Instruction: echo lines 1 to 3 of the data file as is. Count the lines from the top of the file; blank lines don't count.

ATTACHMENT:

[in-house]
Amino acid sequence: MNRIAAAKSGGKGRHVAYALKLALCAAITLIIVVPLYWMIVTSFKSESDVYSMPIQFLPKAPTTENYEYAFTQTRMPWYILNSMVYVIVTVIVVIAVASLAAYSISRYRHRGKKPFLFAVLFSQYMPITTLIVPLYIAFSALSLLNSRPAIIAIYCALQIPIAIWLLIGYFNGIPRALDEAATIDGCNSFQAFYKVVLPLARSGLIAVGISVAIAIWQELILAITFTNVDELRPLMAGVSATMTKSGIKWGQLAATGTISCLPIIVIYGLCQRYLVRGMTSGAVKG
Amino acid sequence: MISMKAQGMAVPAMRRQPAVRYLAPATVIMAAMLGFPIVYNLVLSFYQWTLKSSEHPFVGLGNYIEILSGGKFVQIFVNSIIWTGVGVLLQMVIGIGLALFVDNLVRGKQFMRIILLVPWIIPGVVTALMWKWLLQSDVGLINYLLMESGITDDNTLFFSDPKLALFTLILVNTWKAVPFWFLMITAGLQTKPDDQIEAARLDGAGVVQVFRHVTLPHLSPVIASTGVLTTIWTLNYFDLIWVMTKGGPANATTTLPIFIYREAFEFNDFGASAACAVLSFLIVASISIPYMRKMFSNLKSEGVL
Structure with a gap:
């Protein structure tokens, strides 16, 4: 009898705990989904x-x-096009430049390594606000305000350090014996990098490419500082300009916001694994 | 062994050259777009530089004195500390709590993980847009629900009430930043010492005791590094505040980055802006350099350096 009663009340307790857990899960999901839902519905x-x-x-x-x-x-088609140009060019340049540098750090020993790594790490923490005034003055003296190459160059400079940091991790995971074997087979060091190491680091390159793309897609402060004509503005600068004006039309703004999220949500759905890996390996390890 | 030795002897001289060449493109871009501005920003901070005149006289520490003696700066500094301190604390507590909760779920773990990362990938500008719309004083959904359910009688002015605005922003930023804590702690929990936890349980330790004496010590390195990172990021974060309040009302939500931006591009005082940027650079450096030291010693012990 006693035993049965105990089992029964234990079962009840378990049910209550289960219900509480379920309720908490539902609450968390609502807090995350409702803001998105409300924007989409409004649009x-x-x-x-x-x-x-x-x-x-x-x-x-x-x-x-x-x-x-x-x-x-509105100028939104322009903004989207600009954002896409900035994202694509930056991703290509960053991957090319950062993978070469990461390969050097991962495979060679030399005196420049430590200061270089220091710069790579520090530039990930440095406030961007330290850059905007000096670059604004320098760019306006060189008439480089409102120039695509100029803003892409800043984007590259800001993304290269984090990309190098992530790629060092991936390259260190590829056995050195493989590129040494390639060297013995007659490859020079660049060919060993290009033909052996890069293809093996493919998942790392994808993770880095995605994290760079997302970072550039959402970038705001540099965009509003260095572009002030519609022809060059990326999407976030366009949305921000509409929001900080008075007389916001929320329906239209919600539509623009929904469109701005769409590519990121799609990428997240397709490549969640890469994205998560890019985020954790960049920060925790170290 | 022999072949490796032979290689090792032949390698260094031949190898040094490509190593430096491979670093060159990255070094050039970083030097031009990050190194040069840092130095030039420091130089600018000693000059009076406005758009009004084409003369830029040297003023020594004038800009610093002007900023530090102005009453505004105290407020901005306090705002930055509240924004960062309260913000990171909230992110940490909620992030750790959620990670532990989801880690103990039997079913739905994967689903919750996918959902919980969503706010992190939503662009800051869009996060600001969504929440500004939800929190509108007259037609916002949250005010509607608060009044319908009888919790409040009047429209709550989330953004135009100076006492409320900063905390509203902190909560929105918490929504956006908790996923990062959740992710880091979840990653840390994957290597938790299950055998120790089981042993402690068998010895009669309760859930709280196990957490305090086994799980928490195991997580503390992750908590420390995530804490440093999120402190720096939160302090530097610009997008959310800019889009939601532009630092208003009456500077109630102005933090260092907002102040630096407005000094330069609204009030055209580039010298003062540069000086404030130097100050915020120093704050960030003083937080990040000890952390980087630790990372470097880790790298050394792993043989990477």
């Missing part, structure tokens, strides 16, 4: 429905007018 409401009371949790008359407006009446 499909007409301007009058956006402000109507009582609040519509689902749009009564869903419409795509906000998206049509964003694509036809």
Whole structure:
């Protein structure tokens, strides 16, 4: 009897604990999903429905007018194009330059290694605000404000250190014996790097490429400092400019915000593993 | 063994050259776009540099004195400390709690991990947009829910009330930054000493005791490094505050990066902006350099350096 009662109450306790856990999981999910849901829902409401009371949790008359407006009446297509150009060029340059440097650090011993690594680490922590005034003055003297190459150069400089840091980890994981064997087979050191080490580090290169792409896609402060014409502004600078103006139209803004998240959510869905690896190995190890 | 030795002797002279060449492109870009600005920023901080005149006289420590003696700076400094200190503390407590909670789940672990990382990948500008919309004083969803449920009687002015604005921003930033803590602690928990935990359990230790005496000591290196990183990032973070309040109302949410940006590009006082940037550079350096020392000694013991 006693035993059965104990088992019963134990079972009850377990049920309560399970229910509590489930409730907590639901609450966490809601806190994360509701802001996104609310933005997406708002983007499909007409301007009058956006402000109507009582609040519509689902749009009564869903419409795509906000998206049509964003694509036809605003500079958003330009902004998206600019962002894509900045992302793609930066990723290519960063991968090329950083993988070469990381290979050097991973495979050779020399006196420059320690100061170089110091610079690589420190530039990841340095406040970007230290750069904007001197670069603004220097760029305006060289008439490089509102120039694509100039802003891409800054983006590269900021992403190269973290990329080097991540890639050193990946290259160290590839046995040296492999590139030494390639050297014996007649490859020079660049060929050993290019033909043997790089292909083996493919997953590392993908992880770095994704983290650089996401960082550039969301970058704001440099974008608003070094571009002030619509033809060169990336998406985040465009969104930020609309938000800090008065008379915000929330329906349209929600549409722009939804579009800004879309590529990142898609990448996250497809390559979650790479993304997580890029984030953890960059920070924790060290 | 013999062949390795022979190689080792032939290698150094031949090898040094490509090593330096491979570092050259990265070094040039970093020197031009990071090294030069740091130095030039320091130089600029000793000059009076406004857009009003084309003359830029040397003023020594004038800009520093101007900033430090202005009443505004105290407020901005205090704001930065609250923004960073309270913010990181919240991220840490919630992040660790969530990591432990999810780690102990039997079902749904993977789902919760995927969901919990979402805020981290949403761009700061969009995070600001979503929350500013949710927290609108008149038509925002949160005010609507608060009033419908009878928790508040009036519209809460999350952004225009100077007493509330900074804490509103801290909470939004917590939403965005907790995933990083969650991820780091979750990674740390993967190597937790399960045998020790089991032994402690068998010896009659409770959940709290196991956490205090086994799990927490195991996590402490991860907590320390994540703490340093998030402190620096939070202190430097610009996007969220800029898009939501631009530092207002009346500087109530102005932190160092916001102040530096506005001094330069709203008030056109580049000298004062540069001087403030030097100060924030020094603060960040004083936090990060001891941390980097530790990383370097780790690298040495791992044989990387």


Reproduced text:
[in-house]
Amino acid sequence: MNRIAAAKSGGKGRHVAYALKLALCAAITLIIVVPLYWMIVTSFKSESDVYSMPIQFLPKAPTTENYEYAFTQTRMPWYILNSMVYVIVTVIVVIAVASLAAYSISRYRHRGKKPFLFAVLFSQYMPITTLIVPLYIAFSALSLLNSRPAIIAIYCALQIPIAIWLLIGYFNGIPRALDEAATIDGCNSFQAFYKVVLPLARSGLIAVGISVAIAIWQELILAITFTNVDELRPLMAGVSATMTKSGIKWGQLAATGTISCLPIIVIYGLCQRYLVRGMTSGAVKG
Amino acid sequence: MISMKAQGMAVPAMRRQPAVRYLAPATVIMAAMLGFPIVYNLVLSFYQWTLKSSEHPFVGLGNYIEILSGGKFVQIFVNSIIWTGVGVLLQMVIGIGLALFVDNLVRGKQFMRIILLVPWIIPGVVTALMWKWLLQSDVGLINYLLMESGITDDNTLFFSDPKLALFTLILVNTWKAVPFWFLMITAGLQTKPDDQIEAARLDGAGVVQVFRHVTLPHLSPVIASTGVLTTIWTLNYFDLIWVMTKGGPANATTTLPIFIYREAFEFNDFGASAACAVLSFLIVASISIPYMRKMFSNLKSEGVL